The storm that was a pause between things
Unmoving white sky, after two hours of sleep.
Like a view for the morning after you die:
No color, no sound. Only the rhythm of dogs
Breathing at the foot of the bed, those animals
To whom death, like life, is just passing weather.
The snow has fallen or is yet to fall but is not falling.
Two ages like thick glass tectonic plates
Clasped me as they passed against each other.
One an age in which I existed, the other
Where I was absent. I could not see
the difference. So little would change,
So little that had to happen for the morning
To come no matter what. That is when
The dogs left me. We are not alone in death
But we are alone in despair. Numbness coming
In from the arms and legs toward the heart.
The brain a battering ram turned inwards.
Then I slept. So many things we can’t control
That happen anyway. The memory of deer
in the backyard the dawn before. The deer
Themselves. The paths that brought them
To nibble at a birdfeeder the day before a storm.
Not the owl whose short questions are strung
On this line of dark hours like rosary beads.
Not the cloud’s cold eyelid closing over
The near-empty parking lot in each of our minds.
What drove you there and what were you trying
To buy on such a night when the moon arcs away
Like the last snowball you threw at a friend
You outgrew without knowing? They both faded,
They both landed somewhere beyond sight.
Not the short-tempered ladder to memory.
The night’s too wide to haunt. But for a few
Moments, it opened its eye to look at you
And swept across your life without noticing:
Who you missed, who you hit, how cold
Your hands were when it took shape.
And an idea drifted down un-owned
And clung to you like frost, an owl flown,
A string of prayers creased by doubt.
February still life
Rain. Which coastal town was I dreaming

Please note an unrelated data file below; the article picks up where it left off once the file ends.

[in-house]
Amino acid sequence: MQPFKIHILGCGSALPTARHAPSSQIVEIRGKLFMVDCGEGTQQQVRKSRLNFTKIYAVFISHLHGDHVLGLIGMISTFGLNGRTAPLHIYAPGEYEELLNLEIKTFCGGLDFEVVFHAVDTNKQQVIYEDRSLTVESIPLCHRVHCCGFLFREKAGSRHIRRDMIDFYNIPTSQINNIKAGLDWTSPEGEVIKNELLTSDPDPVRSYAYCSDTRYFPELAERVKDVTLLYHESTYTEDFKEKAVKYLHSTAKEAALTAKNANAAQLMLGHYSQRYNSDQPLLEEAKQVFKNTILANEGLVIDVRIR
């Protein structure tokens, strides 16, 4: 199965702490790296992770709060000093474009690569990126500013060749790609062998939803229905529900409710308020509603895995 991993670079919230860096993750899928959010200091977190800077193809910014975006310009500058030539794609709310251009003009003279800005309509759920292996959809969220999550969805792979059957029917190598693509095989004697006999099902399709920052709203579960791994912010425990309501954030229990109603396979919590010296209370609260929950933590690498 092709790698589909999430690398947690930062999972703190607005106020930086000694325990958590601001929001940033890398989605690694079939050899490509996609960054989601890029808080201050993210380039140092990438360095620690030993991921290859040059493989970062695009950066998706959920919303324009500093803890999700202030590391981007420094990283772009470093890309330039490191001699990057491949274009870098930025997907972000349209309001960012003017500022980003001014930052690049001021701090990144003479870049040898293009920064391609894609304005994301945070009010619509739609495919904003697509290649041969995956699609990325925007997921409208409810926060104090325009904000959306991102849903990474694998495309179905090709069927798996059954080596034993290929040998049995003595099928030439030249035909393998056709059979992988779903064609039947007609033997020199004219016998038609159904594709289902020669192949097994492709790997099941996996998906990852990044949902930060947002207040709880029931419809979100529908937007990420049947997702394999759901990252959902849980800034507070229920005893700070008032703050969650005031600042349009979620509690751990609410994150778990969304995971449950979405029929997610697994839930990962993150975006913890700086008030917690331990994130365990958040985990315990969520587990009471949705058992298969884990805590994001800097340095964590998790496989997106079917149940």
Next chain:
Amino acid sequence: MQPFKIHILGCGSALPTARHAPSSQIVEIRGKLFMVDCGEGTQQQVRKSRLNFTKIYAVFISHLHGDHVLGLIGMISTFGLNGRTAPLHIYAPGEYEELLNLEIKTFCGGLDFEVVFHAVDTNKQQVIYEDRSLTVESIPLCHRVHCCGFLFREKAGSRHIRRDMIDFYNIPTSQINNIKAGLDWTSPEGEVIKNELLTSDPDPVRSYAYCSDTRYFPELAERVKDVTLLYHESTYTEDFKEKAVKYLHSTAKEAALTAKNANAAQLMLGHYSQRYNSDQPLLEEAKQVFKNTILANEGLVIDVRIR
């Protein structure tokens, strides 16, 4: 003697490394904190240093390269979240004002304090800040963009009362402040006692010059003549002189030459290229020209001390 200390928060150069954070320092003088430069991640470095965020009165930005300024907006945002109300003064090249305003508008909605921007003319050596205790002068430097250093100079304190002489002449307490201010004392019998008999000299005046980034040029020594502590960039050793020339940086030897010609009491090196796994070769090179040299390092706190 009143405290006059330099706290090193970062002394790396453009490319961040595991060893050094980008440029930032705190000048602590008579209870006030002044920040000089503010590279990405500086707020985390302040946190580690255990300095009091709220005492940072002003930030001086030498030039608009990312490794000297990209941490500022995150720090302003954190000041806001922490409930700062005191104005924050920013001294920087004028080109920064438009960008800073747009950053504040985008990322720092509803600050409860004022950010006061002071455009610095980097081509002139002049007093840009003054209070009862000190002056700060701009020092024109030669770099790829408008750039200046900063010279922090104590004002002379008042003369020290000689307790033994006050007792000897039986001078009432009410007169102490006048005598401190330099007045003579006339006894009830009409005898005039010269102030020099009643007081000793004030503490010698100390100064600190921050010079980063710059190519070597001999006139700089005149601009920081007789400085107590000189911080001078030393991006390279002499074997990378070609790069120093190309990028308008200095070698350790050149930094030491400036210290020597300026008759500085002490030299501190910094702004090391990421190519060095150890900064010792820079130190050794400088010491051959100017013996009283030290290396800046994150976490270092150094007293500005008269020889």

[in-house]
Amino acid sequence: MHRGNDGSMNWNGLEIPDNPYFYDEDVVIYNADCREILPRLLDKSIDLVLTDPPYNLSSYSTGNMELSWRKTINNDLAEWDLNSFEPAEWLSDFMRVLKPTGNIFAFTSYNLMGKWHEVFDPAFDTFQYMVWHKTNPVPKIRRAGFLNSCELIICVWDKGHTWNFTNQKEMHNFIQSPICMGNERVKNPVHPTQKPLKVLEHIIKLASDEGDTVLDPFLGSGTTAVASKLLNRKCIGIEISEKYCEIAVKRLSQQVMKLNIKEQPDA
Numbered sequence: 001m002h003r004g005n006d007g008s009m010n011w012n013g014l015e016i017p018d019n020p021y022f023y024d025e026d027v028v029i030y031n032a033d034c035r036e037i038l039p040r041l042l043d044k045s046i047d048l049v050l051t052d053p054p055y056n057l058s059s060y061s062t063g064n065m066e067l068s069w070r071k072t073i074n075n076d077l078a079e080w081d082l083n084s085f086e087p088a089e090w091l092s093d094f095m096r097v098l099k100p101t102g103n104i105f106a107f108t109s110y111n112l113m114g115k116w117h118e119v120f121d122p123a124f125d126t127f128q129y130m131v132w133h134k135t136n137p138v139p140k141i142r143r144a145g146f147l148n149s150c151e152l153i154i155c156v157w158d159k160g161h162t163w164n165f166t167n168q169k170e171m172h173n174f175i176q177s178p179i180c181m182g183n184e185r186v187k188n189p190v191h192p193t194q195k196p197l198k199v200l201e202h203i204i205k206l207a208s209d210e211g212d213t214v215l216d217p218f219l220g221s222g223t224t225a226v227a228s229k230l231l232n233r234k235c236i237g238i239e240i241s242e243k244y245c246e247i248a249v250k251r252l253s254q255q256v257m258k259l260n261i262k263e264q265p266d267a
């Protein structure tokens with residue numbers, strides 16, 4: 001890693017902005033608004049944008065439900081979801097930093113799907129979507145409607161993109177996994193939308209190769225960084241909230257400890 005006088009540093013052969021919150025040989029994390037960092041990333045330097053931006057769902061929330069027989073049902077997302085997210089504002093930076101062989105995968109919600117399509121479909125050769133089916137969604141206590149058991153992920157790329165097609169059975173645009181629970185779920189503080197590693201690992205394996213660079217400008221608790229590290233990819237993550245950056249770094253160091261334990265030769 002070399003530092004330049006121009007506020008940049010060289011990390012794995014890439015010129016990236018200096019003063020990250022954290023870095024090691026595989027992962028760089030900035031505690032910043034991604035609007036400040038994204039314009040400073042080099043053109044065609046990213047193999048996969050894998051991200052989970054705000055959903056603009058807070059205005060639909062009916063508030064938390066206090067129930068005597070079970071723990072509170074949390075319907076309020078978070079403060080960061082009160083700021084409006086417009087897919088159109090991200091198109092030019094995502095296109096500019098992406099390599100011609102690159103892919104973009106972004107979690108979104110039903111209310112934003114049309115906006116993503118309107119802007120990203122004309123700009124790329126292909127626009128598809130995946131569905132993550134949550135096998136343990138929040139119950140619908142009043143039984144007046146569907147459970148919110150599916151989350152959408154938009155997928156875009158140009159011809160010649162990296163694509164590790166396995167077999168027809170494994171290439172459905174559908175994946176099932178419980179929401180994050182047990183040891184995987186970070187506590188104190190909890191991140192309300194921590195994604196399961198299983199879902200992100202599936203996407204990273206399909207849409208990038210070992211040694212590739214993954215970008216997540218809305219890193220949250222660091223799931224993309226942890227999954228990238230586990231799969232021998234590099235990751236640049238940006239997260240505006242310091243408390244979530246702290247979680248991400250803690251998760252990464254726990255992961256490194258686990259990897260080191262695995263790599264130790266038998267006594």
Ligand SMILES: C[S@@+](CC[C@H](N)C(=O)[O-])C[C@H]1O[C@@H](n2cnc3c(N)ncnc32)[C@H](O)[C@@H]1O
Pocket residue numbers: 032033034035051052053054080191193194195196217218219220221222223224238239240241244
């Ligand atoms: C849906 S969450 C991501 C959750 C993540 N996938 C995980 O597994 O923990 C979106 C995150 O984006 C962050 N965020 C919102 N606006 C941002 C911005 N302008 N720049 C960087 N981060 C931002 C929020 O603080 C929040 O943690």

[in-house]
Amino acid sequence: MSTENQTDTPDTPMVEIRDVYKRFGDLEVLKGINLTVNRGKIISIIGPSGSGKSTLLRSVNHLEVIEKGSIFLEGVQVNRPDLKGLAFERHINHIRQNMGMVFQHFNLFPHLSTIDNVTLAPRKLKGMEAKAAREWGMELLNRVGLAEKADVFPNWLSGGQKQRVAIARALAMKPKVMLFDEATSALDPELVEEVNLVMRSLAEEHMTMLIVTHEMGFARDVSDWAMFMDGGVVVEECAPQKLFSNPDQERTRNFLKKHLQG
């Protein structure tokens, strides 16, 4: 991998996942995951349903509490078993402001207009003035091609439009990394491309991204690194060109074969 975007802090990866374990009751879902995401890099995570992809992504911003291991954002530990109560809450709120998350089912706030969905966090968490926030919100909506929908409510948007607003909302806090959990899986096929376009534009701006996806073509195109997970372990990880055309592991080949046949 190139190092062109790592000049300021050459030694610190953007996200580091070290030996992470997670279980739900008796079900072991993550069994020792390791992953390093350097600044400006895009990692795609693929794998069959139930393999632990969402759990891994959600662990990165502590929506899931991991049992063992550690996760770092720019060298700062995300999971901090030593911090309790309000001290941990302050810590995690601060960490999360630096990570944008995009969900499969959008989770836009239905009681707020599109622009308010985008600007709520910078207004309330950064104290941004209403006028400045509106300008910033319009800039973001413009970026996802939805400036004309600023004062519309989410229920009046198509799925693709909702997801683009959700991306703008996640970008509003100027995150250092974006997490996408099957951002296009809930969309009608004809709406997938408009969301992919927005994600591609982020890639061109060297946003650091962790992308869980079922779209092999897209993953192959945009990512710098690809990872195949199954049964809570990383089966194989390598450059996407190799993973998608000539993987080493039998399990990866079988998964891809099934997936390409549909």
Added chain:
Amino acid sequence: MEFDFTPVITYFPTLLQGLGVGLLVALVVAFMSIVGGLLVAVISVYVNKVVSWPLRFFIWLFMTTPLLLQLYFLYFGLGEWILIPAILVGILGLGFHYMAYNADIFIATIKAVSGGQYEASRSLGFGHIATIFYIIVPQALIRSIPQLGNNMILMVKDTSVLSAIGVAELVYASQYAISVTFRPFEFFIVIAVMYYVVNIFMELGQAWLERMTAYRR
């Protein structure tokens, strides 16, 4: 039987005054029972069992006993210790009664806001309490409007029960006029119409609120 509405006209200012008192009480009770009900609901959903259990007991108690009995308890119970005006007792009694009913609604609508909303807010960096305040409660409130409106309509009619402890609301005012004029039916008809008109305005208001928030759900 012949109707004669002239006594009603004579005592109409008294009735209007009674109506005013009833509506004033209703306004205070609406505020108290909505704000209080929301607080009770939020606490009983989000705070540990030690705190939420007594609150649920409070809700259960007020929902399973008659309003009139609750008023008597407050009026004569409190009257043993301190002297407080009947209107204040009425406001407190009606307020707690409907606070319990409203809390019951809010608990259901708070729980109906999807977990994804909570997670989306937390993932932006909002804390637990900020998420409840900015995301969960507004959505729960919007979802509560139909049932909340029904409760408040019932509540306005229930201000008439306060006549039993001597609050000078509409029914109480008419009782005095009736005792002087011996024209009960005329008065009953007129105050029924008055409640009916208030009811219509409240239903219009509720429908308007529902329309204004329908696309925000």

last night we’d moved to where the rain
comes with a bookmark of the ocean
and the snow apologizes when it alights on dunes
with the sound of regret? The color of change
on change. Wrapping my head around how one
impermanence devours another
is like leaning on a dune fence:
its weakness is what makes it impossible
To climb or cross. Its effect is staying
In place in a place where no lines hold.
The horizon balances no books. Flat pasts
slide away, pages of undertow. Words too
late to change the page fall as I’m reading it. Rain.
End of January
No invitations left for it.
I am all outside now
Beyond any framework for this god of doors
Its first face is four years long
I am tired of looking through its road-salt eyes
The month’s mouth is a boy’s knee
Punctured by a splayed root
Its voice is a wrist shattered like ice
Its ears a bird caught in a basement
On the coldest night of the year
Its other face is a choice
Nobody saw coming
The winter rain is unhappy drifting against the window
It cannot come in it is too light to knock or ask
Beyond a whisper in the puddles which the mud steals
As its own only long enough for the steps to take it up
So we know whether the steps are coming here
Or to a there in a different direction going away in the silent rain
The snow though voiceless collects its silence upward
To visibility the shape of a voice without argument
This is the source of the grudge the steps carry away
This is why we are frightened as the steps come
From nowhere on a quiet morning when nothing
Should be arriving but the day a few minutes earlier
But here they come after the quiet winter rain
In the minutes surprised at how new the world is
seconds still falling like rain too soft
to cry out after slipping on a dream
Of ice on the heel of waking on these longer days
The days fall off the wall calendar
Like ice cubes from a tray.
Time applies the slightest pressure
And we’ll never know if it had more
Strength than that because it’s never
Necessary, the liquid days slow and
churn opaque and then click away.
When I was alone I used to spend the year’s
Last minutes on the roof, by the basketball
Pole in the driveway I’d shimmy up,
Grateful for family in the house below but
Not needing them to be grateful for everything else.
There was always enough space between
The stars for gratitude, no matter how cold.
Now, with my own family, I can hear time
Pacing back and forth on the roof, impatient.
I think about that garage roof in Rhode Island
Every year, but I no longer need to see stars.
December rain flowing
down the neighborhood hill
rising in the basement